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Music

The Beatles record that was almost launched into outer space

@Russellisation

Voyager 1 is one of the most curious real-life science-fiction projects ever created, with the space probe flying through the universe containing the sounds, sights and wonders of planet earth. 

Sent into the stratosphere in 1977, the capsule carries a phonograph record that includes sounds, images and music carefully selected to reflect the diversity of life and culture of our planet. Gold in colour, the record is etched with the message “To the makers of music – all worlds, all times,” sounding a little like a lyric The Beatles might’ve written back in their 1960s heyday.

As well as various images, sound effects and greetings from the people of planet earth, the disc also includes music travelling through the cosmos 14.5 billion miles away, with the majority of the tracks being traditional world music from across the globe. Predominantly including the works of J.S. Bach, Mozart, Beethoven and Igor Stravinsky, the record also features one piece of rock music in the 1958 classic ‘Johnny B. Goode’ by Chuck Berry.

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This iconic dance number was almost joined by the voices of John, Paul, George and Ringo, however, the song ‘Here Comes the Sun’ was selected for the record for NASA by the carefully constructed team of specialists, headed up by Carl Sagan. Whilst the committee was excited to press the song onto the record, it was the record company EMI who withheld the copyright of the track, despite pushback from The Beatles themselves. 

Standing their ground, EMI prevented Sagan and his team from sending the song into space in 1977 due to issues with copyright, much to the dismay of the band and the creative director of the ‘Golden Record’, Ann Druyan. Explaining her annoyance in 2015, Druyan noted, “that was one of those cases of having to see the tragedy of our planet. Here’s a chance to send a piece of music into the distant future and distant time, and to give it this kind of immortality, and they’re worried about money”.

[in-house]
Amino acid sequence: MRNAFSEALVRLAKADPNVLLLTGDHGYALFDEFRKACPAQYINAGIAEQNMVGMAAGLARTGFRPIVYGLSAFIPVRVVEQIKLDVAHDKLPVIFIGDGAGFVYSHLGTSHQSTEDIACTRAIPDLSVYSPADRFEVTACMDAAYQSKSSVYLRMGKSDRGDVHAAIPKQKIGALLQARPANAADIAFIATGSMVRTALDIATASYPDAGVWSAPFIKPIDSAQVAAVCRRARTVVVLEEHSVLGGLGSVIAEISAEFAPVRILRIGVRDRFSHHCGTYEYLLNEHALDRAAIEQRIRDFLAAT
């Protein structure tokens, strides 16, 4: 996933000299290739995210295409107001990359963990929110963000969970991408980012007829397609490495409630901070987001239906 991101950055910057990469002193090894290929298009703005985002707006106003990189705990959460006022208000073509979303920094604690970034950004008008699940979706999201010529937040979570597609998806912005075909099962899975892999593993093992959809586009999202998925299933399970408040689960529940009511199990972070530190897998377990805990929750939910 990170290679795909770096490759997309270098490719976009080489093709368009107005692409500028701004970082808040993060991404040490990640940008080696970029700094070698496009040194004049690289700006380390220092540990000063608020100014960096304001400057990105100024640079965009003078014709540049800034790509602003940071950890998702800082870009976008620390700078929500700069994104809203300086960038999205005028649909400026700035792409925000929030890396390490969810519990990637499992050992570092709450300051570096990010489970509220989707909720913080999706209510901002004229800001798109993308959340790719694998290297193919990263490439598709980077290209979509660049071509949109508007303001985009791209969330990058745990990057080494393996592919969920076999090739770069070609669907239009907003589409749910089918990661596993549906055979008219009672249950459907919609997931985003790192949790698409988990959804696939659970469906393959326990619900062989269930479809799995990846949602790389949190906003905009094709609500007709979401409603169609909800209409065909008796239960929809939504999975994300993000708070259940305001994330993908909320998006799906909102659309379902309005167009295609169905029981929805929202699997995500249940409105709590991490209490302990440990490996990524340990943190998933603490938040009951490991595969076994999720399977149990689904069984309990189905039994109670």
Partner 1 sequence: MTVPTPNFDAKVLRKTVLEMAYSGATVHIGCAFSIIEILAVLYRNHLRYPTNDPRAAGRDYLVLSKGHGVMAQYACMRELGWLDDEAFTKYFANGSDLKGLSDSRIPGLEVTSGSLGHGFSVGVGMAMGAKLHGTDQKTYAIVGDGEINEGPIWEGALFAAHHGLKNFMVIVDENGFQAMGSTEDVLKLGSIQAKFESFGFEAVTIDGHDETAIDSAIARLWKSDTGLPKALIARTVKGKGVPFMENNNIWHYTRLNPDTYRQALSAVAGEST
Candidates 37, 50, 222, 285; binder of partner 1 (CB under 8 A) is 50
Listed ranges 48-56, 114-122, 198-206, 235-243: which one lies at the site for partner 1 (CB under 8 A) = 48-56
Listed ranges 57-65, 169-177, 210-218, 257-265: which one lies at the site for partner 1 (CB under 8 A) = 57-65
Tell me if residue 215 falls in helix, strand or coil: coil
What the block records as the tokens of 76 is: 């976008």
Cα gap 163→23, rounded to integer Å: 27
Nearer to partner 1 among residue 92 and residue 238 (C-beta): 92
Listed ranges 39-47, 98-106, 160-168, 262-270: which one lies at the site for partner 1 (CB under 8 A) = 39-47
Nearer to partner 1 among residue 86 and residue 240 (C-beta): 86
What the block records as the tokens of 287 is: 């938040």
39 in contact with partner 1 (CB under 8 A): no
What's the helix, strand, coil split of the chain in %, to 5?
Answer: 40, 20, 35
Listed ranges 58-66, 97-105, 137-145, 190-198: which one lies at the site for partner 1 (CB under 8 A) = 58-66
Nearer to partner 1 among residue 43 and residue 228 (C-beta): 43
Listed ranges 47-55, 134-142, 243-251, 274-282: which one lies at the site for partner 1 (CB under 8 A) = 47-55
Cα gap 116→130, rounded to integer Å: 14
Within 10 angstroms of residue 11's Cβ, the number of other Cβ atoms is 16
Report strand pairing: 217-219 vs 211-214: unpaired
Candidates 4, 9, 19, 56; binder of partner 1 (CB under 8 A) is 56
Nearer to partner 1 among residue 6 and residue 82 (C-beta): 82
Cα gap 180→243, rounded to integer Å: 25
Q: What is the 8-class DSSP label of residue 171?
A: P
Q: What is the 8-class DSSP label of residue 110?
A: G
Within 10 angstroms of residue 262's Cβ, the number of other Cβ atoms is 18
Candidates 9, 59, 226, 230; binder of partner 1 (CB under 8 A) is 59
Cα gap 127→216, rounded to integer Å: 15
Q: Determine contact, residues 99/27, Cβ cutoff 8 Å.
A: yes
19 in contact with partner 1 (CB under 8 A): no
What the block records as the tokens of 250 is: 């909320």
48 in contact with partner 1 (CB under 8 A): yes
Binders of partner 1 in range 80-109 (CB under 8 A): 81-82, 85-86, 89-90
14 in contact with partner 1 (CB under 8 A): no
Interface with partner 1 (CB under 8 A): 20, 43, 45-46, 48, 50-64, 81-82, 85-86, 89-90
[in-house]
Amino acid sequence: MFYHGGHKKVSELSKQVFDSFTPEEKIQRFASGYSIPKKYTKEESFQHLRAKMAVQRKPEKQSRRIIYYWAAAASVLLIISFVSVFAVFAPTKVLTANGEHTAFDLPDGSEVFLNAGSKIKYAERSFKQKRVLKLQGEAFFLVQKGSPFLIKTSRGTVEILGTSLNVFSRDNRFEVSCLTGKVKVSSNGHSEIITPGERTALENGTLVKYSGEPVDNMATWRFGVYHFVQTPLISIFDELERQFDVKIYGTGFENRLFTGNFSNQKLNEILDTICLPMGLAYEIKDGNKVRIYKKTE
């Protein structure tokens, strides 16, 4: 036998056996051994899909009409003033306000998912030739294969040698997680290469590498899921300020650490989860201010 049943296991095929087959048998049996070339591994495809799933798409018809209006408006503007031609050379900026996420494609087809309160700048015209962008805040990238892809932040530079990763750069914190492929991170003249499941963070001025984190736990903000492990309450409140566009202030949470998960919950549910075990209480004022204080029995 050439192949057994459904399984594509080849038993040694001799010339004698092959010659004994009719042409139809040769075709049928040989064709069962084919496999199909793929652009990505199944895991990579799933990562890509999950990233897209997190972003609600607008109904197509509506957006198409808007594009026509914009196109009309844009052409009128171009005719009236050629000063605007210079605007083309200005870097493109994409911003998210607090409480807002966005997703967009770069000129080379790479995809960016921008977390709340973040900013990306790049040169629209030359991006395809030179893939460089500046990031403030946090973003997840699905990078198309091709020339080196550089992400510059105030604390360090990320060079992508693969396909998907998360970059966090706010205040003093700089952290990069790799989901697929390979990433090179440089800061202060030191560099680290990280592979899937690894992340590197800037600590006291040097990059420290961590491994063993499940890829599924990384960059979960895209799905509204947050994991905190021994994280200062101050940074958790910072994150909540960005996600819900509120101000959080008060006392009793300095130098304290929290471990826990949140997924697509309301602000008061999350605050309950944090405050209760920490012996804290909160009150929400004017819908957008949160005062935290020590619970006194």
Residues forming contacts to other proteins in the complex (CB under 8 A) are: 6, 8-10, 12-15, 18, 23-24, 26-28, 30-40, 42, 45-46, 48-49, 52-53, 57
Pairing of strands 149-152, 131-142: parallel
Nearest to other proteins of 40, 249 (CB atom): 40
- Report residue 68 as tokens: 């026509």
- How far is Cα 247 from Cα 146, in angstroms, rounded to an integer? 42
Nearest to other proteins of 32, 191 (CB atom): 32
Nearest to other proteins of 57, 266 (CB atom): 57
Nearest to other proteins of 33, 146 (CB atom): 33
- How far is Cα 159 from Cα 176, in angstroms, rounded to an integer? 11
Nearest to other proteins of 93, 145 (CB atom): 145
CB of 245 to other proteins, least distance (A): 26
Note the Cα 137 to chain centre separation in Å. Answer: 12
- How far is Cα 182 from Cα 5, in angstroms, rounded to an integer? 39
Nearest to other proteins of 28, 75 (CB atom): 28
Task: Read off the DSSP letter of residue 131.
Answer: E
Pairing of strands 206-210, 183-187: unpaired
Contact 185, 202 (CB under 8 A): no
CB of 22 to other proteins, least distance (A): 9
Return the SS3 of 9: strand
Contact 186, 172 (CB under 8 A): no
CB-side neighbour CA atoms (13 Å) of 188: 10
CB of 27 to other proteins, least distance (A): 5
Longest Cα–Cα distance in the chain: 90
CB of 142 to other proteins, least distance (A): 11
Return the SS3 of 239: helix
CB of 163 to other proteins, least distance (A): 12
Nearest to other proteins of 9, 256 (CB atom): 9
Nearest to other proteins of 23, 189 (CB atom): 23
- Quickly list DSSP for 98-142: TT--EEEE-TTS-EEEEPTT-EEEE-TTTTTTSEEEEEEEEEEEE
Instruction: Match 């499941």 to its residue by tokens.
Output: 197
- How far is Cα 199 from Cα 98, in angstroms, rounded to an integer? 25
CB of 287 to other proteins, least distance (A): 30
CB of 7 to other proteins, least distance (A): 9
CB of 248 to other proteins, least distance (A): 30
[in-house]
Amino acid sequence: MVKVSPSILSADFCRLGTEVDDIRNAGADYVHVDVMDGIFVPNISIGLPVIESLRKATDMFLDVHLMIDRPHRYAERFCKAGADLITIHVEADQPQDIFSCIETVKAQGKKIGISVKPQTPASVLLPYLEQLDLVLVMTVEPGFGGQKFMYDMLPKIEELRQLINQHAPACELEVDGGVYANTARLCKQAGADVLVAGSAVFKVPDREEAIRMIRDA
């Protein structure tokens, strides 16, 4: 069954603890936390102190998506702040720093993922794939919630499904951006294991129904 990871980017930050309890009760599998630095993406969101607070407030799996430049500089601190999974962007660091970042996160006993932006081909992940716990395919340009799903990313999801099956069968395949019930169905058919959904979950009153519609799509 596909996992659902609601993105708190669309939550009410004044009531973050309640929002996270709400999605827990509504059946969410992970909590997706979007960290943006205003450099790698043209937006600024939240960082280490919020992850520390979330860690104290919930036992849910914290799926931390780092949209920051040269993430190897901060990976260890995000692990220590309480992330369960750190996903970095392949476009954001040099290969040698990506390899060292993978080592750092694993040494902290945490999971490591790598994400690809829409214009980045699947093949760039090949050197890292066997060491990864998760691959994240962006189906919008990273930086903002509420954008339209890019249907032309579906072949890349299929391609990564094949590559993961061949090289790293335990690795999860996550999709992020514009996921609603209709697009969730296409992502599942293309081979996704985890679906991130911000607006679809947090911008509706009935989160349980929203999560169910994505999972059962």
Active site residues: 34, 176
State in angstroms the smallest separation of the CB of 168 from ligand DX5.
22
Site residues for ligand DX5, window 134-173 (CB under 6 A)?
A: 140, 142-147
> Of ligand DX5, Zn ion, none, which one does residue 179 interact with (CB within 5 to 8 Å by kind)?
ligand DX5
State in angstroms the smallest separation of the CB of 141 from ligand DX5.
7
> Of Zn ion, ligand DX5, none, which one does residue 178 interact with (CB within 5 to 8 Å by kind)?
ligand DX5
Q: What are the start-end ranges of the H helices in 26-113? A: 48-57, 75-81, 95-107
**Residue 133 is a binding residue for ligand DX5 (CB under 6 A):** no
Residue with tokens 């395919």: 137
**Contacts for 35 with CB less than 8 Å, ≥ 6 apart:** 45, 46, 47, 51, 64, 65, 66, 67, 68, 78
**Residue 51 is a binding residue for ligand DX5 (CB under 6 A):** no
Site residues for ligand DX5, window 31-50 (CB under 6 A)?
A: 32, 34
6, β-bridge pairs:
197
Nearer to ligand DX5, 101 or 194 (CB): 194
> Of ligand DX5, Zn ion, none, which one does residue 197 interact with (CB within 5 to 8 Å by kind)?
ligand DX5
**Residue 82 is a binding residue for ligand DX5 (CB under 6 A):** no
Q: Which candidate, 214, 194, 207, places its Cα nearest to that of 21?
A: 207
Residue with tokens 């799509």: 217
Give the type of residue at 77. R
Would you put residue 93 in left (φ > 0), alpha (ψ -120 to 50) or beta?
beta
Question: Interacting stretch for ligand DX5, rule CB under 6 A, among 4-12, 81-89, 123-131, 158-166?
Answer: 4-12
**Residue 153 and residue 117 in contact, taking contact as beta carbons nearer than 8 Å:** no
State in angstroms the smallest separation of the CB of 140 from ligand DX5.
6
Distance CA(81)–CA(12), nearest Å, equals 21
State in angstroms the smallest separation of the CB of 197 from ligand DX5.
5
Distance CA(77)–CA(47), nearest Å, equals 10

Further explaining why her team couldn’t go through with the acquisition, Druyan added, “we got this telegram [from EMI] saying that it will be $50,000 per record for two records, and the entire Voyager record cost $18,000 to produce”. 

In spite of ‘Here Comes the Sun’, Voyager 1 was catapulted into the outer reaches of the galaxy, possessing a record with 115 images and a variety of natural sounds, including animal noises and greetings in over 55 ancient and modern languages to represent humanity. Together with these images, the record also includes a printed message from US President Jimmy Carter, reading: “This is a present from a small, distant world, a token of our sounds, our science, our images, our music, our thoughts and our feelings. We are attempting to survive our time so we may live into yours”.

Being exactly the kind of project The Beatles would have loved to get involved with, it’s a shame that a settlement was never made between NASA and EMI in order to get ‘Here Comes the Sun’ a little closer to earth’s cosmic lifeline.